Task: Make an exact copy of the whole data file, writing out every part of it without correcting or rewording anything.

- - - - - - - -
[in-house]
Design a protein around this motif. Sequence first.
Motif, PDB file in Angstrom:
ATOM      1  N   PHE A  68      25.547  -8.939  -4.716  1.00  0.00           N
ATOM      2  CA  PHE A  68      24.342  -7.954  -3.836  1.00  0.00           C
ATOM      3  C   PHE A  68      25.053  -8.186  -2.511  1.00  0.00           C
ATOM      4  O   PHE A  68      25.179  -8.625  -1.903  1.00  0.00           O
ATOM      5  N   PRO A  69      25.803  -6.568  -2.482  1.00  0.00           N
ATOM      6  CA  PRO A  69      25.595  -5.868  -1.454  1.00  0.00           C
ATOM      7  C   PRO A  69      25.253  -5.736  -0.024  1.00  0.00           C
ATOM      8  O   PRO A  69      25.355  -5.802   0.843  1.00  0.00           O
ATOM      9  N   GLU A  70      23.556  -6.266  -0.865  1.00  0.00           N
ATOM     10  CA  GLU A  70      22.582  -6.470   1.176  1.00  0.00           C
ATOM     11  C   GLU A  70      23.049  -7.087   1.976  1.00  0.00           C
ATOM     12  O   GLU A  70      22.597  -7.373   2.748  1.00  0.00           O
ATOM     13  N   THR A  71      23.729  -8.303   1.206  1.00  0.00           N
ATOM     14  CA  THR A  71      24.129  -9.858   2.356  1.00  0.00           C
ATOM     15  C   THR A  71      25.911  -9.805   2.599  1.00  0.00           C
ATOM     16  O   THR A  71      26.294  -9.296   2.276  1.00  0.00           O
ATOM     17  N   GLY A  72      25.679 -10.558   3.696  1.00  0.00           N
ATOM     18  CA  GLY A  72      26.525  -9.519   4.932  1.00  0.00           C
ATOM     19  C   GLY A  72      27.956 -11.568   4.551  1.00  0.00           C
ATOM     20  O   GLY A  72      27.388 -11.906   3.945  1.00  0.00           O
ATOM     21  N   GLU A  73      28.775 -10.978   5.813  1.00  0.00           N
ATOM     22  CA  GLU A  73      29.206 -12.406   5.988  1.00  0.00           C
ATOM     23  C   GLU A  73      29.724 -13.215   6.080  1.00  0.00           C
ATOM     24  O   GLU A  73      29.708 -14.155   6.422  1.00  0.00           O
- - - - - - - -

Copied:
[in-house]
Design a protein around this motif. Sequence first.
Motif, PDB file in Angstrom:
ATOM      1  N   PHE A  68      25.547  -8.939  -4.716  1.00  0.00           N
ATOM      2  CA  PHE A  68      24.342  -7.954  -3.836  1.00  0.00           C
ATOM      3  C   PHE A  68      25.053  -8.186  -2.511  1.00  0.00           C
ATOM      4  O   PHE A  68      25.179  -8.625  -1.903  1.00  0.00           O
ATOM      5  N   PRO A  69      25.803  -6.568  -2.482  1.00  0.00           N
ATOM      6  CA  PRO A  69      25.595  -5.868  -1.454  1.00  0.00           C
ATOM      7  C   PRO A  69      25.253  -5.736  -0.024  1.00  0.00           C
ATOM      8  O   PRO A  69      25.355  -5.802   0.843  1.00  0.00           O
ATOM      9  N   GLU A  70      23.556  -6.266  -0.865  1.00  0.00           N
ATOM     10  CA  GLU A  70      22.582  -6.470   1.176  1.00  0.00           C
ATOM     11  C   GLU A  70      23.049  -7.087   1.976  1.00  0.00           C
ATOM     12  O   GLU A  70      22.597  -7.373   2.748  1.00  0.00           O
ATOM     13  N   THR A  71      23.729  -8.303   1.206  1.00  0.00           N
ATOM     14  CA  THR A  71      24.129  -9.858   2.356  1.00  0.00           C
ATOM     15  C   THR A  71      25.911  -9.805   2.599  1.00  0.00           C
ATOM     16  O   THR A  71      26.294  -9.296   2.276  1.00  0.00           O
ATOM     17  N   GLY A  72      25.679 -10.558   3.696  1.00  0.00           N
ATOM     18  CA  GLY A  72      26.525  -9.519   4.932  1.00  0.00           C
ATOM     19  C   GLY A  72      27.956 -11.568   4.551  1.00  0.00           C
ATOM     20  O   GLY A  72      27.388 -11.906   3.945  1.00  0.00           O
ATOM     21  N   GLU A  73      28.775 -10.978   5.813  1.00  0.00           N
ATOM     22  CA  GLU A  73      29.206 -12.406   5.988  1.00  0.00           C
ATOM     23  C   GLU A  73      29.724 -13.215   6.080  1.00  0.00           C
ATOM     24  O   GLU A  73      29.708 -14.155   6.422  1.00  0.00           O